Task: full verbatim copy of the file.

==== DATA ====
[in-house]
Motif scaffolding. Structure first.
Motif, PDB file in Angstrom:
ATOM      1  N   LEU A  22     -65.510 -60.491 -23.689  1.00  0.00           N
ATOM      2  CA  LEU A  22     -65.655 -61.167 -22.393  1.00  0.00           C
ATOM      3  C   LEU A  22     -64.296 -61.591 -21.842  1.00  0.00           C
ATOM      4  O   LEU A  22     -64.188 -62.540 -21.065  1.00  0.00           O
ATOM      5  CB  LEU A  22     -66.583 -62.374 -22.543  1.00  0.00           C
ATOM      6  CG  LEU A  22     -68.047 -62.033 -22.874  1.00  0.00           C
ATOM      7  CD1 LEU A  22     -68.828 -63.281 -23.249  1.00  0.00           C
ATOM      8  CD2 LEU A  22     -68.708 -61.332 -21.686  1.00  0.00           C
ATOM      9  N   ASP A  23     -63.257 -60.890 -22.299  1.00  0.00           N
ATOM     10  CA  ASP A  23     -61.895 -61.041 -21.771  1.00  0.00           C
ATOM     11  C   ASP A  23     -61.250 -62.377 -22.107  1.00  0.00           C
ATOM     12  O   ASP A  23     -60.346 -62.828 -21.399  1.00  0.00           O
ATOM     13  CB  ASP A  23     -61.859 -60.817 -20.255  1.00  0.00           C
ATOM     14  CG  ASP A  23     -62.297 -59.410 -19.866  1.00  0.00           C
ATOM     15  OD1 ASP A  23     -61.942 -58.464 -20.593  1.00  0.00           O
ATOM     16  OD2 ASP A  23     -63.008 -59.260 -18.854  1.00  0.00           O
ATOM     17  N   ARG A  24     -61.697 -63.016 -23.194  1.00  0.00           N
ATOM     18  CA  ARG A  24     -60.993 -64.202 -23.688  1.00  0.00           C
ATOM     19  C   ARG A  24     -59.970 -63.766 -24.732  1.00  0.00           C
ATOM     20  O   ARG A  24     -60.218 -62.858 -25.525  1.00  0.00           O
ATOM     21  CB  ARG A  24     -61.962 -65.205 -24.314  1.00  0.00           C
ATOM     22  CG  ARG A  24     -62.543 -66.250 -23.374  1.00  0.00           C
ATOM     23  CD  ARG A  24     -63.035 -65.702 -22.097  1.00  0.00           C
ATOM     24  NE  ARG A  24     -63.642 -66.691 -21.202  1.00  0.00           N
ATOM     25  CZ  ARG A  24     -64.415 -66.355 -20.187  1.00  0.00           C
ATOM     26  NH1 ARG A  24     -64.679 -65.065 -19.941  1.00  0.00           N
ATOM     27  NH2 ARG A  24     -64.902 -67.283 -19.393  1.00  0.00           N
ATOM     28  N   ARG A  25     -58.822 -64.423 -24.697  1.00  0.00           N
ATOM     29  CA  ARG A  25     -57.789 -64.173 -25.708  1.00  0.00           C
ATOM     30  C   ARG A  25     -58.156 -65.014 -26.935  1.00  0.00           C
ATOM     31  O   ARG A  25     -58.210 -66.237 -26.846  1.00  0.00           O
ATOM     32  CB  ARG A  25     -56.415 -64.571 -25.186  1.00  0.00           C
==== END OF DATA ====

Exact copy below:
[in-house]
Motif scaffolding. Structure first.
Motif, PDB file in Angstrom:
ATOM      1  N   LEU A  22     -65.510 -60.491 -23.689  1.00  0.00           N
ATOM      2  CA  LEU A  22     -65.655 -61.167 -22.393  1.00  0.00           C
ATOM      3  C   LEU A  22     -64.296 -61.591 -21.842  1.00  0.00           C
ATOM      4  O   LEU A  22     -64.188 -62.540 -21.065  1.00  0.00           O
ATOM      5  CB  LEU A  22     -66.583 -62.374 -22.543  1.00  0.00           C
ATOM      6  CG  LEU A  22     -68.047 -62.033 -22.874  1.00  0.00           C
ATOM      7  CD1 LEU A  22     -68.828 -63.281 -23.249  1.00  0.00           C
ATOM      8  CD2 LEU A  22     -68.708 -61.332 -21.686  1.00  0.00           C
ATOM      9  N   ASP A  23     -63.257 -60.890 -22.299  1.00  0.00           N
ATOM     10  CA  ASP A  23     -61.895 -61.041 -21.771  1.00  0.00           C
ATOM     11  C   ASP A  23     -61.250 -62.377 -22.107  1.00  0.00           C
ATOM     12  O   ASP A  23     -60.346 -62.828 -21.399  1.00  0.00           O
ATOM     13  CB  ASP A  23     -61.859 -60.817 -20.255  1.00  0.00           C
ATOM     14  CG  ASP A  23     -62.297 -59.410 -19.866  1.00  0.00           C
ATOM     15  OD1 ASP A  23     -61.942 -58.464 -20.593  1.00  0.00           O
ATOM     16  OD2 ASP A  23     -63.008 -59.260 -18.854  1.00  0.00           O
ATOM     17  N   ARG A  24     -61.697 -63.016 -23.194  1.00  0.00           N
ATOM     18  CA  ARG A  24     -60.993 -64.202 -23.688  1.00  0.00           C
ATOM     19  C   ARG A  24     -59.970 -63.766 -24.732  1.00  0.00           C
ATOM     20  O   ARG A  24     -60.218 -62.858 -25.525  1.00  0.00           O
ATOM     21  CB  ARG A  24     -61.962 -65.205 -24.314  1.00  0.00           C
ATOM     22  CG  ARG A  24     -62.543 -66.250 -23.374  1.00  0.00           C
ATOM     23  CD  ARG A  24     -63.035 -65.702 -22.097  1.00  0.00           C
ATOM     24  NE  ARG A  24     -63.642 -66.691 -21.202  1.00  0.00           N
ATOM     25  CZ  ARG A  24     -64.415 -66.355 -20.187  1.00  0.00           C
ATOM     26  NH1 ARG A  24     -64.679 -65.065 -19.941  1.00  0.00           N
ATOM     27  NH2 ARG A  24     -64.902 -67.283 -19.393  1.00  0.00           N
ATOM     28  N   ARG A  25     -58.822 -64.423 -24.697  1.00  0.00           N
ATOM     29  CA  ARG A  25     -57.789 -64.173 -25.708  1.00  0.00           C
ATOM     30  C   ARG A  25     -58.156 -65.014 -26.935  1.00  0.00           C
ATOM     31  O   ARG A  25     -58.210 -66.237 -26.846  1.00  0.00           O
ATOM     32  CB  ARG A  25     -56.415 -64.571 -25.186  1.00  0.00           C